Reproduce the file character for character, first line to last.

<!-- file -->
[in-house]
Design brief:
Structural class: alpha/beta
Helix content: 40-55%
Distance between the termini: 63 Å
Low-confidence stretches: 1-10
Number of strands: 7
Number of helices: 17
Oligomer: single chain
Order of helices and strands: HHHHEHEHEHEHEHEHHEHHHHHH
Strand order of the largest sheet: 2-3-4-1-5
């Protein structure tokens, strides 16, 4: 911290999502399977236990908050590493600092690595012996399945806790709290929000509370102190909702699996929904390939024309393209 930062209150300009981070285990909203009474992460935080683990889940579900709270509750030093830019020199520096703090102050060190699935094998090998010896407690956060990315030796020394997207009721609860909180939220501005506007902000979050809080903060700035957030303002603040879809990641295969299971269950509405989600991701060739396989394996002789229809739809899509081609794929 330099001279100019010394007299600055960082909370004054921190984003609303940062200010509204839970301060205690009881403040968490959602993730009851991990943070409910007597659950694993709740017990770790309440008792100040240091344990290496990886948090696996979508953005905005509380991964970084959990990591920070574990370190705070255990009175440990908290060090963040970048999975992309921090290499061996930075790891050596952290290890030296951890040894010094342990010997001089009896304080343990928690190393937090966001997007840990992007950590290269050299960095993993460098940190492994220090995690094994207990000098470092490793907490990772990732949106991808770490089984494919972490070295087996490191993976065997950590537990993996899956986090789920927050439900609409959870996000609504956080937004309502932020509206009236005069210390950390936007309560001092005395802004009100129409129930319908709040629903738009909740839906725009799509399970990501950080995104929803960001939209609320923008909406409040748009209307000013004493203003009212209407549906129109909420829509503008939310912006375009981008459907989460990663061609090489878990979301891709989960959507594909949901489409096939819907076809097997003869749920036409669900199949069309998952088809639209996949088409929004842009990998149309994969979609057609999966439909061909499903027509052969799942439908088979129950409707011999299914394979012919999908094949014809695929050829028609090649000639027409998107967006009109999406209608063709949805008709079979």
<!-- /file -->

[in-house]
Design brief:
Structural class: alpha/beta
Helix content: 40-55%
Distance between the termini: 63 Å
Low-confidence stretches: 1-10
Number of strands: 7
Number of helices: 17
Oligomer: single chain
Order of helices and strands: HHHHEHEHEHEHEHEHHEHHHHHH
Strand order of the largest sheet: 2-3-4-1-5
């Protein structure tokens, strides 16, 4: 911290999502399977236990908050590493600092690595012996399945806790709290929000509370102190909702699996929904390939024309393209 930062209150300009981070285990909203009474992460935080683990889940579900709270509750030093830019020199520096703090102050060190699935094998090998010896407690956060990315030796020394997207009721609860909180939220501005506007902000979050809080903060700035957030303002603040879809990641295969299971269950509405989600991701060739396989394996002789229809739809899509081609794929 330099001279100019010394007299600055960082909370004054921190984003609303940062200010509204839970301060205690009881403040968490959602993730009851991990943070409910007597659950694993709740017990770790309440008792100040240091344990290496990886948090696996979508953005905005509380991964970084959990990591920070574990370190705070255990009175440990908290060090963040970048999975992309921090290499061996930075790891050596952290290890030296951890040894010094342990010997001089009896304080343990928690190393937090966001997007840990992007950590290269050299960095993993460098940190492994220090995690094994207990000098470092490793907490990772990732949106991808770490089984494919972490070295087996490191993976065997950590537990993996899956986090789920927050439900609409959870996000609504956080937004309502932020509206009236005069210390950390936007309560001092005395802004009100129409129930319908709040629903738009909740839906725009799509399970990501950080995104929803960001939209609320923008909406409040748009209307000013004493203003009212209407549906129109909420829509503008939310912006375009981008459907989460990663061609090489878990979301891709989960959507594909949901489409096939819907076809097997003869749920036409669900199949069309998952088809639209996949088409929004842009990998149309994969979609057609999966439909061909499903027509052969799942439908088979129950409707011999299914394979012919999908094949014809695929050829028609090649000639027409998107967006009109999406209608063709949805008709079979």